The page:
Kiyota T.,University of Tokyo | Koseki J.,University of Tokyo | Sato T.,Integrated Geotechnology Institute Ltd
Soil Dynamics and Earthquake Engineering | Year: 2013

With the spread of performance-based design concepts in geotechnical earthquake engineering, conducting a practical and accurate analysis for estimating the liquefaction-induced ground deformation has become important. However, there is a difficulty in setting relevant parameters of liquefied soil that would be employed in the analysis because experimental investigations on large deformation behaviour of liquefied soil are still limited. Therefore, in order to investigate the liquefaction-induced ground deformation characteristics, a series of undrained cyclic torsional shear tests was performed by using a modified torsional shear apparatus that is capable of achieving double amplitude shear strain up to about 100%. The tested materials were saturated Toyoura sand, two kinds of in-situ frozen samples having different geological ages and their reconstituted samples. The in-situ samples were retrieved from Pleistocene deposits. In all the undrained cyclic torsional shear tests, cyclic mobility was observed and the double amplitude shear strain approached 100%, irrespective of the different initial conditions of the specimens. A limiting value of double amplitude shear strain to cause strain localization, which would be linked to the maximum possible liquefaction-induced ground deformation, was evaluated based on the change in the deviator stress during the undrained cyclic torsional loading. The limiting value was found to increase with decrease in initial values of small strain shear moduli which were evaluated by dynamic measurement. In addition, we measured tangent shear moduli at the limiting state as well as after strain localization, and evaluated a reduction ratio of shear moduli due to liquefaction, which would be employed in the ALID framework. These characteristics measured by such large strain liquefaction tests would be useful in estimating the maximum liquefaction-induced ground deformation. © 2013 Elsevier Ltd. Source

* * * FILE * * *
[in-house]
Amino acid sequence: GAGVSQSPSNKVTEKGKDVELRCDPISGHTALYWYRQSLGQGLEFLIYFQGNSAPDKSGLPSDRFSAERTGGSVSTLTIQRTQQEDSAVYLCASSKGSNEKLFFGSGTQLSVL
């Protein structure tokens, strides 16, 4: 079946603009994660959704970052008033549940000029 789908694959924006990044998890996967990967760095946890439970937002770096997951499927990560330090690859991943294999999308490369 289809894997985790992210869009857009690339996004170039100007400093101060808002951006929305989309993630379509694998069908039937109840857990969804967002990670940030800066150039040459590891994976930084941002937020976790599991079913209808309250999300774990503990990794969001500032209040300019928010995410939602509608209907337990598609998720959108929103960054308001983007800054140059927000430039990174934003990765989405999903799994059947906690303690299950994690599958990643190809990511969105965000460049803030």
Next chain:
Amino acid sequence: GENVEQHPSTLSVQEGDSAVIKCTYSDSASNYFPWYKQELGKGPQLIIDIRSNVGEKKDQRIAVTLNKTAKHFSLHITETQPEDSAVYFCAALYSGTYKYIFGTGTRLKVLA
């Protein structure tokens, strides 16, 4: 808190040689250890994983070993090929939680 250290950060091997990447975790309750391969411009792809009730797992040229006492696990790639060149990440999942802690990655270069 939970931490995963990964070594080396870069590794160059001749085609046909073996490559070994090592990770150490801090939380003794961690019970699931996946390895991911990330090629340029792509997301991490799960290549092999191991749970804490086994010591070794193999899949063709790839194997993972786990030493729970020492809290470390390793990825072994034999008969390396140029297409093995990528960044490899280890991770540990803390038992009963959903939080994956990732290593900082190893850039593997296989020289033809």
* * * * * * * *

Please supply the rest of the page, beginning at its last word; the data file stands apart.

Enomoto T.,Public works research institute | Qureshi O.H.,READ Foundation | Sato T.,Integrated Geotechnology Institute Ltd | Koseki J.,University of Tokyo
Soils and Foundations | Year: 2013

A series of medium-scale and large-scale triaxial and unconfined compression tests was conducted in order to evaluate the strength and deformation characteristics and small strain properties of undisturbed well-graded gravelly soils retrieved from three tunnel excavation sites in Toyama prefecture, Japan. Undisturbed gravelly soils were taken by means of a new sampling method using thick water-soluble polymer solutions. The strength and deformation characteristics were evaluated mainly by performing sustained loading and large amplitude unloading and reloading cycles during otherwise monotonic loading at a constant strain rate in drained triaxial compression tests. During isotropic consolidation and shearing, at several stress states, eleven very small vertical cycles were applied to evaluate the quasi-elastic deformation property at small strain levels around 0.001% by static measurement. Dynamic measurements using a pair of accelerometers attached to the side surface of the specimen and wave sources attached to the top cap were also conducted at the same stress levels as static measurements in a single test. Several effects including grading characteristics and pressure level on the difference between the moduli measured statically and dynamically were discussed. The relationship between the small strain and strength properties of undisturbed gravelly soils was evaluated. The small strain properties of air-dried dense Toyoura sand in large-scale triaxial compression tests were also investigated in this study to compare the results of undisturbed gravelly soils. © 2013 The Japanese Geotechnical Society. Source